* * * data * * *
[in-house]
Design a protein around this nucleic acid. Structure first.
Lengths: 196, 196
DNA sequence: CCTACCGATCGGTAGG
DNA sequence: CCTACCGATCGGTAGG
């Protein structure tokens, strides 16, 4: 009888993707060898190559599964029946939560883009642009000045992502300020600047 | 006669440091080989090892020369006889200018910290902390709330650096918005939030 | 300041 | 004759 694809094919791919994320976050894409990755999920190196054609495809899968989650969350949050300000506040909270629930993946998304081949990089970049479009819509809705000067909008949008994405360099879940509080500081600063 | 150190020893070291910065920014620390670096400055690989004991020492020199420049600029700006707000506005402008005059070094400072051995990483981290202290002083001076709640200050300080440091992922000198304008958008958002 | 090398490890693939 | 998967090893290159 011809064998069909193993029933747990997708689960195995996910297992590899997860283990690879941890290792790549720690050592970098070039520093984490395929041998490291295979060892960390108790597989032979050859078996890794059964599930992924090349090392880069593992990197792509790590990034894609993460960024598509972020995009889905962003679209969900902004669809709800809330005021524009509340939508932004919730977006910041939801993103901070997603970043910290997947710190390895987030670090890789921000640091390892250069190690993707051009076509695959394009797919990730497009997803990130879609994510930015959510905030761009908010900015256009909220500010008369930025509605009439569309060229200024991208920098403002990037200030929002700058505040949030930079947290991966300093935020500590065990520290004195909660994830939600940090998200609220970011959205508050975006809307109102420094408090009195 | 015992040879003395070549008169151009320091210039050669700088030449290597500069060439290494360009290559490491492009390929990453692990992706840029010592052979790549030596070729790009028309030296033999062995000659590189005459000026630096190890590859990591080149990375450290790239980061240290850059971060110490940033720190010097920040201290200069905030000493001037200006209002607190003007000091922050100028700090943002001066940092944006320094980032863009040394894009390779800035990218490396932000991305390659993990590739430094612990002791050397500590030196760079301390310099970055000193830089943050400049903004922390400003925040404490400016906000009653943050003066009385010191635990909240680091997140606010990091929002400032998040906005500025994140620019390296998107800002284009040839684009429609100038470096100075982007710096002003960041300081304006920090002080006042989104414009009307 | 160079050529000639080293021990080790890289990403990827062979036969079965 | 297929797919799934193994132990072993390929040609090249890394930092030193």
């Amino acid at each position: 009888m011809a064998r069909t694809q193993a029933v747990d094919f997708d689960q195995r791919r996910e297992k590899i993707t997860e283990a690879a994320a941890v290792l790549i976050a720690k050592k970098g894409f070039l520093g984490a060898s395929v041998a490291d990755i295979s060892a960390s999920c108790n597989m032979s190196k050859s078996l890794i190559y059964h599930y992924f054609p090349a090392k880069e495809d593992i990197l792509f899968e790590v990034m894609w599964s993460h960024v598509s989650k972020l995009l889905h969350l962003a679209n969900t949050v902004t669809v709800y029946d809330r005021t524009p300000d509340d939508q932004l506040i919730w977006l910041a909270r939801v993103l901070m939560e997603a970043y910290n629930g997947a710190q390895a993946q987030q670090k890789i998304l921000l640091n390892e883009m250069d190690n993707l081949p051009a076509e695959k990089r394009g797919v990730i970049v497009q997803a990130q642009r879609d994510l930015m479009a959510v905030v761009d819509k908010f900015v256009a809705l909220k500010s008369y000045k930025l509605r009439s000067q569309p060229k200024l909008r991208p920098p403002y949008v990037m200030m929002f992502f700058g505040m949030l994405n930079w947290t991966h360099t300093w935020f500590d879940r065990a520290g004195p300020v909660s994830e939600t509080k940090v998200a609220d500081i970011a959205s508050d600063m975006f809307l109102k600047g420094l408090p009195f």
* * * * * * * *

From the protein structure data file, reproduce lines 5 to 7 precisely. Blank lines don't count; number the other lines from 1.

DNA sequence: CCTACCGATCGGTAGG
């Protein structure tokens, strides 16, 4: 009888993707060898190559599964029946939560883009642009000045992502300020600047 | 006669440091080989090892020369006889200018910290902390709330650096918005939030 | 300041 | 004759 694809094919791919994320976050894409990755999920190196054609495809899968989650969350949050300000506040909270629930993946998304081949990089970049479009819509809705000067909008949008994405360099879940509080500081600063 | 150190020893070291910065920014620390670096400055690989004991020492020199420049600029700006707000506005402008005059070094400072051995990483981290202290002083001076709640200050300080440091992922000198304008958008958002 | 090398490890693939 | 998967090893290159 011809064998069909193993029933747990997708689960195995996910297992590899997860283990690879941890290792790549720690050592970098070039520093984490395929041998490291295979060892960390108790597989032979050859078996890794059964599930992924090349090392880069593992990197792509790590990034894609993460960024598509972020995009889905962003679209969900902004669809709800809330005021524009509340939508932004919730977006910041939801993103901070997603970043910290997947710190390895987030670090890789921000640091390892250069190690993707051009076509695959394009797919990730497009997803990130879609994510930015959510905030761009908010900015256009909220500010008369930025509605009439569309060229200024991208920098403002990037200030929002700058505040949030930079947290991966300093935020500590065990520290004195909660994830939600940090998200609220970011959205508050975006809307109102420094408090009195 | 015992040879003395070549008169151009320091210039050669700088030449290597500069060439290494360009290559490491492009390929990453692990992706840029010592052979790549030596070729790009028309030296033999062995000659590189005459000026630096190890590859990591080149990375450290790239980061240290850059971060110490940033720190010097920040201290200069905030000493001037200006209002607190003007000091922050100028700090943002001066940092944006320094980032863009040394894009390779800035990218490396932000991305390659993990590739430094612990002791050397500590030196760079301390310099970055000193830089943050400049903004922390400003925040404490400016906000009653943050003066009385010191635990909240680091997140606010990091929002400032998040906005500025994140620019390296998107800002284009040839684009429609100038470096100075982007710096002003960041300081304006920090002080006042989104414009009307 | 160079050529000639080293021990080790890289990403990827062979036969079965 | 297929797919799934193994132990072993390929040609090249890394930092030193």
């Amino acid at each position: 009888m011809a064998r069909t694809q193993a029933v747990d094919f997708d689960q195995r791919r996910e297992k590899i993707t997860e283990a690879a994320a941890v290792l790549i976050a720690k050592k970098g894409f070039l520093g984490a060898s395929v041998a490291d990755i295979s060892a960390s999920c108790n597989m032979s190196k050859s078996l890794i190559y059964h599930y992924f054609p090349a090392k880069e495809d593992i990197l792509f899968e790590v990034m894609w599964s993460h960024v598509s989650k972020l995009l889905h969350l962003a679209n969900t949050v902004t669809v709800y029946d809330r005021t524009p300000d509340d939508q932004l506040i919730w977006l910041a909270r939801v993103l901070m939560e997603a970043y910290n629930g997947a710190q390895a993946q987030q670090k890789i998304l921000l640091n390892e883009m250069d190690n993707l081949p051009a076509e695959k990089r394009g797919v990730i970049v497009q997803a990130q642009r879609d994510l930015m479009a959510v905030v761009d819509k908010f900015v256009a809705l909220k500010s008369y000045k930025l509605r009439s000067q569309p060229k200024l909008r991208p920098p403002y949008v990037m200030m929002f992502f700058g505040m949030l994405n930079w947290t991966h360099t300093w935020f500590d879940r065990a520290g004195p300020v909660s994830e939600t509080k940090v998200a609220d500081i970011a959205s508050d600063m975006f809307l109102k600047g420094l408090p009195f």